Vacuum toilets can be economic for larger projects, particularly where conventional gravity drainage is problematic, e.g. in historic buildings. Vacuum toilets have a typical 1.2 litre flush, which reduces typical toilet flushing consumption by about 90%.
Cistern displacement devices
Where WC replacement is not an option, the flush volume of older toilets can be reduced by displacing water in the cistern and reducing each flush by that amount (usually 1 litre).
Retrofit variable flush mechanisms
Variable flush mechanisms can also be fitted to older toilets. These typically reduce water consumption more than cistern displacement devices.
Urinals typically use less water than WCs, but can still waste a lot of water if incorrectly installed. Typically, urinals account for about 20% of office water use. Water efficient urinals are very affordable to install in both new projects and refurbishments and their maintenance costs are typically less than those for standard urinals. Payback periods are often very favourable. Waterless urinals are a recent development that use no water other than for cleaning.
Without controls urinals can use four times as much water as is necessary. Urinals can be controlled according to time (e.g. set to operate during working hours), movement or mechanical movement triggers (e.g. a door opening, a tap being turned on or a person entering the washroom).
For larger washrooms it is important to use separate controls for each urinal, to prevent all the bowls being flushed from a single use. Simply installing urinal controls is not sufficient, systems need to be commissioned and periodically tested to ensure they are operating as intended.
A range of urinals use no water. Some systems are supplied as a complete unit whilst others can be fitted to standard bowls and troughs. There are a variety of forms of waterless urinal:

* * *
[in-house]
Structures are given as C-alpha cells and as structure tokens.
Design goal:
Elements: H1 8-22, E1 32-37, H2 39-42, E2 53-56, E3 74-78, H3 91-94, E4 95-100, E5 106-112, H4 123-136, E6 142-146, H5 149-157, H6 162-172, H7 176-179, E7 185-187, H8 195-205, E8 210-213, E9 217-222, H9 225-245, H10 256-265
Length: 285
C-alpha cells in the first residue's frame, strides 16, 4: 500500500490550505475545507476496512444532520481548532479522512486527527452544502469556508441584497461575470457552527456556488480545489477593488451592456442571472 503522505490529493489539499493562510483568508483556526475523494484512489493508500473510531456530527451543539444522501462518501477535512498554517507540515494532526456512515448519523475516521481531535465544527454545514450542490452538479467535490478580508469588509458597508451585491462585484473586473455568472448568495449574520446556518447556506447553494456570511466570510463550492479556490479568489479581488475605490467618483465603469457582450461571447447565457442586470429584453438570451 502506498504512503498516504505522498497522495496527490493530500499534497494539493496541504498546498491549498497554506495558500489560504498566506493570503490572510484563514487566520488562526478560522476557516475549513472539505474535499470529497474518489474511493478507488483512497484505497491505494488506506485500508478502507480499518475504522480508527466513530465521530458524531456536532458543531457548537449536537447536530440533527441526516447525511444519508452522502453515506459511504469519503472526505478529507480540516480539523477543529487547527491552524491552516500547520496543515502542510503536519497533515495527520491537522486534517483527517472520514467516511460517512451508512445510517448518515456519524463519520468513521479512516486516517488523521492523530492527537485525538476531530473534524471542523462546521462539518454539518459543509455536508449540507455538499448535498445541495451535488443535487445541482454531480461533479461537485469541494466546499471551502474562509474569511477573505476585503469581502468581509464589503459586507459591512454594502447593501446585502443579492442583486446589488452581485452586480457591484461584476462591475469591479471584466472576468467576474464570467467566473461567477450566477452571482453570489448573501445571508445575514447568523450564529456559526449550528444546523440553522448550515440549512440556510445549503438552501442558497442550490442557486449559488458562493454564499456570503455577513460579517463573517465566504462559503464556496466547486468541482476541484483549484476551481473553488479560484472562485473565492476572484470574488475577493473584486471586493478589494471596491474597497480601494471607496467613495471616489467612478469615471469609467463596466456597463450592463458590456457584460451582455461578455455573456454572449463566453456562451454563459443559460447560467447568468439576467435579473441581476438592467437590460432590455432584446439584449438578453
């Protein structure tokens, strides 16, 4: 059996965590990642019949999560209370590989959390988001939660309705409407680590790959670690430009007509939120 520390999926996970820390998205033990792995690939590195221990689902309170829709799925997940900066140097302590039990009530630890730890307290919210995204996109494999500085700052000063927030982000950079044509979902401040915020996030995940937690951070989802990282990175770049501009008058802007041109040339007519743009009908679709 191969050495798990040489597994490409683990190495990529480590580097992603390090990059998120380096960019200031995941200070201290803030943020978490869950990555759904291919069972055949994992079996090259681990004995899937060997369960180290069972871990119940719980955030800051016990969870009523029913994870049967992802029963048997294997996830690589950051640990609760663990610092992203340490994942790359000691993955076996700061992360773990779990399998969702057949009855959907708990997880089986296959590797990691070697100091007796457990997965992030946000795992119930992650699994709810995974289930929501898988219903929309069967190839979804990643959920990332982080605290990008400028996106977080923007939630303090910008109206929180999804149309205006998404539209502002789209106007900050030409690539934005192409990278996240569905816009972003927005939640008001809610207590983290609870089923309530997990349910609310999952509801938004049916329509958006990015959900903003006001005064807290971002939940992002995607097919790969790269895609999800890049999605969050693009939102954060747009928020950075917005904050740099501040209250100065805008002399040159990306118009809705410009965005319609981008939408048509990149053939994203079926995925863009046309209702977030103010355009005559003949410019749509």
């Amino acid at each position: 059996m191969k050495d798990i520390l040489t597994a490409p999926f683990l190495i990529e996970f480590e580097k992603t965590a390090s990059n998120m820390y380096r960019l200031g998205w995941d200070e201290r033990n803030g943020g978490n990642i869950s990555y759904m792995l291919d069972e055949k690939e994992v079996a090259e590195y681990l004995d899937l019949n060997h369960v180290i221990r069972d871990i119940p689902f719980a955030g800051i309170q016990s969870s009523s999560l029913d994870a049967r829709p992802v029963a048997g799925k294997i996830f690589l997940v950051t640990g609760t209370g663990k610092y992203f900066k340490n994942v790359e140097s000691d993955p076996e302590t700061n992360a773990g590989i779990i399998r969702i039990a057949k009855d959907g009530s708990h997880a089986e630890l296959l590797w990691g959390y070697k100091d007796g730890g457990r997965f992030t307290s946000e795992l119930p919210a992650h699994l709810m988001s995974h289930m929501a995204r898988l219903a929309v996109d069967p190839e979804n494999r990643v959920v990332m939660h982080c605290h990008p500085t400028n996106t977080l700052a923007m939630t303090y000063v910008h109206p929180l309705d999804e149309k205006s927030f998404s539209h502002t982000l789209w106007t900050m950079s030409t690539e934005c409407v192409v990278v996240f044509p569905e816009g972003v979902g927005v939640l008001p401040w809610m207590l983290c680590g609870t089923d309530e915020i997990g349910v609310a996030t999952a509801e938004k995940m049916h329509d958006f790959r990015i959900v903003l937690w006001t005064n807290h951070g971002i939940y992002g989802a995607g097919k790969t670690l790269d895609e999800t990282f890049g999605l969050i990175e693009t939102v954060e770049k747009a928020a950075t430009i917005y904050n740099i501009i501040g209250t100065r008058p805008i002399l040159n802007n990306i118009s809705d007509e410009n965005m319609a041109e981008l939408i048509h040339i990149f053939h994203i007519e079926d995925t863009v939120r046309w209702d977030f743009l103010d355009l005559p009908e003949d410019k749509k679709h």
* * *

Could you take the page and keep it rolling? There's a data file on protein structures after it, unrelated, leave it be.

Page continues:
- Those with disposable chemical traps
- Those with permeable one-way valves that seal the urinal opening
- Those that create a negative air pressure to take odour from the washroom
Waterless urinals are simple to install and have no complex controls or plumbing exposed to potential damage or vandalism. Waterless urinals also address scale, odour and flooding problems. Odour is often incorrectly perceived to be a problem with waterless urinals, so most manufacturers offer a scented block, stick or pad.
Waterless urinals typically require little maintenance and are increasingly being used in public facilities such as football stadiums and schools, and even in fast food restaurants.
Water saving showers
Bathing accounts for 25% of the average Hertfordshire household’s water use. Showers typically use about a third of the water and energy of an ordinary bath. However, power showers have higher flow rates and can consume as much water as a bath. Low flow showers cost no more than standard showers. Showers with a flow rate at the upper end of the 4-9 litre per minute range are preferred by users.
The choice of mixer valve affects the water use for showering. Simple hot and cold tap controls require both taps to be adjusted (often for a period of time) before the correct temperature is found. Single level taps and thermostatic mixers typically enable the user to waste less water.
Shower flow rates
Shower flow rates can vary significantly. Water efficient showerheads work in the same way as an aerated tap, by creating finer drops or by introducing air. Water efficient showers typically work at a flow rate of 4-9 litres per minute but have the feel of a power shower. Water-saver showerheads and restrictors are not appropriate for use with electrically heated showers without the consent of the manufacturer.
A shower uses 1/3 of the water of a bath, but power showers can use more water than a bath in less than 5 minutes.